Finally, a snap I took last night, in the Earls Court area.  And now we’re back in the exciting world of accountancy, this time in the form of its Beautiful accounting software:

image

As you can see, it was pitch dark by the time I took this.  But give my Lumix FZ200 even a sliver of artificial light and something solid to focus on, and it does okay, I think.  A decade ago, that photo would have been an unusable mess.

I am finding that taxi advertising changes very fast these days.  All of the above photos, apart from the one with the beaches, was of an advert I had not noticed before.

Which means that in future years, these taxi photos will have period value, because the adverts will have changed over and over again with the passing of only a handful of years.

Wednesday March 02 2016

Photoed by me, when I visited Barcelona in the summer of 2005:

image

This began like as an advert, but has mutated into Art.  It seems to be quite a big deal, over there in Barcelona.  My picture is of it supported by a structure which has since been replaced.

I have been a bit ill.  Still am, rather.  Hence this rather random posting, even by my random standards, and hence also the fact that although I tried to find out what this owl originally advertised, I pretty soon gave up.  Anyone?

I was going to put up a picture I took of the Sagrada Familia (the big spikey Gaudi cathedral), with cranes.  But the internet is full of pictures of the Sagrada Familia, without cranes, and also with cranes.

Monday February 22 2016

There’s a really good piece at Samizdata, posted earlier today by Michael Jennings, about Why a traveller loves Uber.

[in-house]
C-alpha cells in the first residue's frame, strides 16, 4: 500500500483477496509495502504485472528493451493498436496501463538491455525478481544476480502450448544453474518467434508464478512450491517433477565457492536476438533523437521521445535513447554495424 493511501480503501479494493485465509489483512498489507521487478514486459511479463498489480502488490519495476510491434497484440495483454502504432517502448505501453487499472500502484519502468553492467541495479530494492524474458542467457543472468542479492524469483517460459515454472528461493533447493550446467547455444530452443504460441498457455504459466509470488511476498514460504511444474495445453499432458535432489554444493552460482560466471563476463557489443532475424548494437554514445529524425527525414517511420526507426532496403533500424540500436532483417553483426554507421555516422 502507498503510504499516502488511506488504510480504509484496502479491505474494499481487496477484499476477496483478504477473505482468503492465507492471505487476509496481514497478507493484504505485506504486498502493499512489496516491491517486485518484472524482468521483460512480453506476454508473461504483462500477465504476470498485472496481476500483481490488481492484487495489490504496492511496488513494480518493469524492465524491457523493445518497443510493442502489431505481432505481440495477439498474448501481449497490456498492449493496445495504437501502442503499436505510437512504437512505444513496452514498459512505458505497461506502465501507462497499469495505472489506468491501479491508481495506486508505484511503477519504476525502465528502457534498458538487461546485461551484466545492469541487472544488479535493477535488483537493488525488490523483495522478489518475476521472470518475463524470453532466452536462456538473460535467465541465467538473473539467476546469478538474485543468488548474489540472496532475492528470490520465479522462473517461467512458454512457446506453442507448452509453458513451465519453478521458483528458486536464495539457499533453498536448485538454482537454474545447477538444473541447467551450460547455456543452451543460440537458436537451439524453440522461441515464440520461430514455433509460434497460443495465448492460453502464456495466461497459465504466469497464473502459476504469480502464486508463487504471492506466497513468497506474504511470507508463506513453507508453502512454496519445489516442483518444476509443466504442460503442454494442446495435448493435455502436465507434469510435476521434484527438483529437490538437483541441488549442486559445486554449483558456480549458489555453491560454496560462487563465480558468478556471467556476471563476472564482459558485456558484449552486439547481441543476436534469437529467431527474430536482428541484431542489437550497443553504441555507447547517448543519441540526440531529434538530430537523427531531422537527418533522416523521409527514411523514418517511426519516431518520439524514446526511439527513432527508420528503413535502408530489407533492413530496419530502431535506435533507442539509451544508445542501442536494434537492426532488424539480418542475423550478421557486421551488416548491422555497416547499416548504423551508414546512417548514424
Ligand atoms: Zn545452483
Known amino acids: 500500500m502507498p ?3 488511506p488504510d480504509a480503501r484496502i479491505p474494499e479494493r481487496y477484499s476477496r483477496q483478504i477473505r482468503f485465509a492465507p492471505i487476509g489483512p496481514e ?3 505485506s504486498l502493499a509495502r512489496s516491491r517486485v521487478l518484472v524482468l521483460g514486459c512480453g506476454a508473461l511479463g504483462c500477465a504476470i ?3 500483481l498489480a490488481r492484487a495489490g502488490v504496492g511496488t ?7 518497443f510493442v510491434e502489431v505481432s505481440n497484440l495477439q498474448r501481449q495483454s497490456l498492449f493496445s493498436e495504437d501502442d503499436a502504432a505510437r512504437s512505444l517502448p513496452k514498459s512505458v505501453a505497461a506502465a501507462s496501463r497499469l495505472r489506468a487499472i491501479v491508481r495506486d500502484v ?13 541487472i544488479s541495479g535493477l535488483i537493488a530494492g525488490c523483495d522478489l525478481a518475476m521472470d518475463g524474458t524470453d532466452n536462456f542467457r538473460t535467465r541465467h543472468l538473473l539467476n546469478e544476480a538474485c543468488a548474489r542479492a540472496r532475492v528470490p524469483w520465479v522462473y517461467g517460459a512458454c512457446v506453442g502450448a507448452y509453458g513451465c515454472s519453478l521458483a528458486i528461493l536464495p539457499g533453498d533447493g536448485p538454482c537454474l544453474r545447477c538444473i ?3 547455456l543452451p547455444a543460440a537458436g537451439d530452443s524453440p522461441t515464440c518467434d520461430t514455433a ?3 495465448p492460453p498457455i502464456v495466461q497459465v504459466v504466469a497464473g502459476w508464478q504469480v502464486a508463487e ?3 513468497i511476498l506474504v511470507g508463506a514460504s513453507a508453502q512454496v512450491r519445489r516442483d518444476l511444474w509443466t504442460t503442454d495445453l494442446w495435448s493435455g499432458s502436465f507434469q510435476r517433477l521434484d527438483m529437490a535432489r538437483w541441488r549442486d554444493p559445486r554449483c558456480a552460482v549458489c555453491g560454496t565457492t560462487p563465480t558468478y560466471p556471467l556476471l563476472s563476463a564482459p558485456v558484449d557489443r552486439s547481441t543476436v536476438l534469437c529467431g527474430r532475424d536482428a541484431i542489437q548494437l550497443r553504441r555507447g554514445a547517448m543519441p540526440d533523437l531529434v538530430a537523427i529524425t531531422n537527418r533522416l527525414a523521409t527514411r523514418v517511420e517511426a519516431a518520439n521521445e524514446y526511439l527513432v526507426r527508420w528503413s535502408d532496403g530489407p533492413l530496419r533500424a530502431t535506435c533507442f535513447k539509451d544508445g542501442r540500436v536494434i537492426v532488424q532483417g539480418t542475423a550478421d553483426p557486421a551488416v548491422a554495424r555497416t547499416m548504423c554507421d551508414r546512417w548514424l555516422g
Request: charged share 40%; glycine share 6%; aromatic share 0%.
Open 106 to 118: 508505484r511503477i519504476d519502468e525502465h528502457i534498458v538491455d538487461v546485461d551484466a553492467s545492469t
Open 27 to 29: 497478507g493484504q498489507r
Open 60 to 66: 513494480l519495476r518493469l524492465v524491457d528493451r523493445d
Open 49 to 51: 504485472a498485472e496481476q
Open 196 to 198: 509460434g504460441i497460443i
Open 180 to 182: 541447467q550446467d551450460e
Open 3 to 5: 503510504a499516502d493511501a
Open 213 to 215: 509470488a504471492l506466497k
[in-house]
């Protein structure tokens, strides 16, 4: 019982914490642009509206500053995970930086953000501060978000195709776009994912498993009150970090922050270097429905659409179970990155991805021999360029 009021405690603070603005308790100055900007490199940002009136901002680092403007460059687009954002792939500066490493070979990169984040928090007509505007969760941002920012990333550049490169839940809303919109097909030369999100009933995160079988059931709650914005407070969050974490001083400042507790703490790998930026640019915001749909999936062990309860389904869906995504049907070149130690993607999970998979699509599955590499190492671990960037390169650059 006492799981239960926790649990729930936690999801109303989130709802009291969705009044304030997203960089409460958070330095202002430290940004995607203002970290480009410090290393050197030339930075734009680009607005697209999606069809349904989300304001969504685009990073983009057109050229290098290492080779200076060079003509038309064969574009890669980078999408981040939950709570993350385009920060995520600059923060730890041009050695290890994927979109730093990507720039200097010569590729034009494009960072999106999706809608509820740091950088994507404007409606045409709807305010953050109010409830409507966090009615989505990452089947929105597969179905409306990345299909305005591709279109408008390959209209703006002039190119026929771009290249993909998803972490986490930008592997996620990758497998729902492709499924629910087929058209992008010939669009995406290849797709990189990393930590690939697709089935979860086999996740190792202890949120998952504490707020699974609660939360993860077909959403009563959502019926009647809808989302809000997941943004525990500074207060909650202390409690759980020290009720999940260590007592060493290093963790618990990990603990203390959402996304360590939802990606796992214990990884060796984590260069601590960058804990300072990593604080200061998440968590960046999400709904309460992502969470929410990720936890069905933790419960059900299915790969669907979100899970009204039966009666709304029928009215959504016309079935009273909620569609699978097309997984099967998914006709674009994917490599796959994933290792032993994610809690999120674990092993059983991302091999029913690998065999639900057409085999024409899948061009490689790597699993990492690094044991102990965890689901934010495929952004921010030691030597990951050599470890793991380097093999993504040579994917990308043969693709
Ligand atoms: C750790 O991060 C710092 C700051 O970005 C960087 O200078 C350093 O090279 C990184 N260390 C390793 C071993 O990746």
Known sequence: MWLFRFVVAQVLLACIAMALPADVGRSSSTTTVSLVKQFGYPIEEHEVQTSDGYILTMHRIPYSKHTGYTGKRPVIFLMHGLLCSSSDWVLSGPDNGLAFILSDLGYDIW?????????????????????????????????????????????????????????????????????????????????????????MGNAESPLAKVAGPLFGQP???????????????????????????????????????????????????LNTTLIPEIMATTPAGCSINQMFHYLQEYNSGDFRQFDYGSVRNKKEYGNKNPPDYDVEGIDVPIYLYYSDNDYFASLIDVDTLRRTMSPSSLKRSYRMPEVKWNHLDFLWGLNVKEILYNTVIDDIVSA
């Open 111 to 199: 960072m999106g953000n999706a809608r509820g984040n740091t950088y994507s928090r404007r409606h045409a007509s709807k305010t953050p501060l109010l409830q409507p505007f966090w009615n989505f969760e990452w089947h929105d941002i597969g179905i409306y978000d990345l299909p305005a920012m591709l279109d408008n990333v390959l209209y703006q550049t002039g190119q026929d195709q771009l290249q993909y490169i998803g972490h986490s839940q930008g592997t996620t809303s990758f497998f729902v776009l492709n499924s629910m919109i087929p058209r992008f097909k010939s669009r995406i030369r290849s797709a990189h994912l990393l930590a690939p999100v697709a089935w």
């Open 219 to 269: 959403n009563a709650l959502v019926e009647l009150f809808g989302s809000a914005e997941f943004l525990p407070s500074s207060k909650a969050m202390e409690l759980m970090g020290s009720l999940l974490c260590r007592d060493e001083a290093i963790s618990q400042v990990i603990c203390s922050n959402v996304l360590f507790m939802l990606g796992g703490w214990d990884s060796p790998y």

In a piece I did a while back about Uber, I speculated that a typical way that people will first get the Uber habit is when they visit a foreign city, where they trust the local taxi drivers about as far as they can spit them.  So, they use Uber.  Michael, with massively greater recent globetrotting experience than me, bangs this point home.  We libertarians do love to talk about Uber.

imageOne of my regular visit sites, Dezeen, recently featured a story about the redesign of the Uber logo, which resulted, critics mocked, in a new logo that looked like an arsehole.  Uber’s head of design then immediately stepped down, to spend more time with his family.

This might be true.  He was tired, and had been spending lots of long hours away from home, working on the design of the arsehole.  That could be it.

What on earth possessed these designers to dump the U and go with a near-O instead, like they were changing the name from Uber to Ober, Oil of Ulay (now Olay) style, I cannot imagine.

None of this logo nonsense will change anything.  Uber is great, no matter how they choose to logotomise it.

Friday February 19 2016

So, I’m about half way through telling the massed ranks of BMdotcom readers about an excellent day out with G(od)D(aughter) One, which was many months ago, now.  My last posting about that was done at the end of last year.  And there you were thinking, what with this no longer being last year, the year in which the excellent day out happened, I was all done with that day.  Oh no.  There’s lots more to be said about it.  It feels to me like I’ve hardly started.

Today, since this is Friday, cat day, and more recently non-human creatures of any kind day, here are, not actual creatures, but some vans which I snapped that day, which illustrate some of the contrasting attitudes that we humans used to have and have now towards non-humans.

We eat non-human creatures:

image

We use sculpted non-human creatures to carry us on roundabouts

image

We also make use of real non-human creatures in circuses to entertain us, circuses and entertain us humans.  Or, we used to.  This kind of things has become rather old school and unfashionable, on account of it being considered cruel.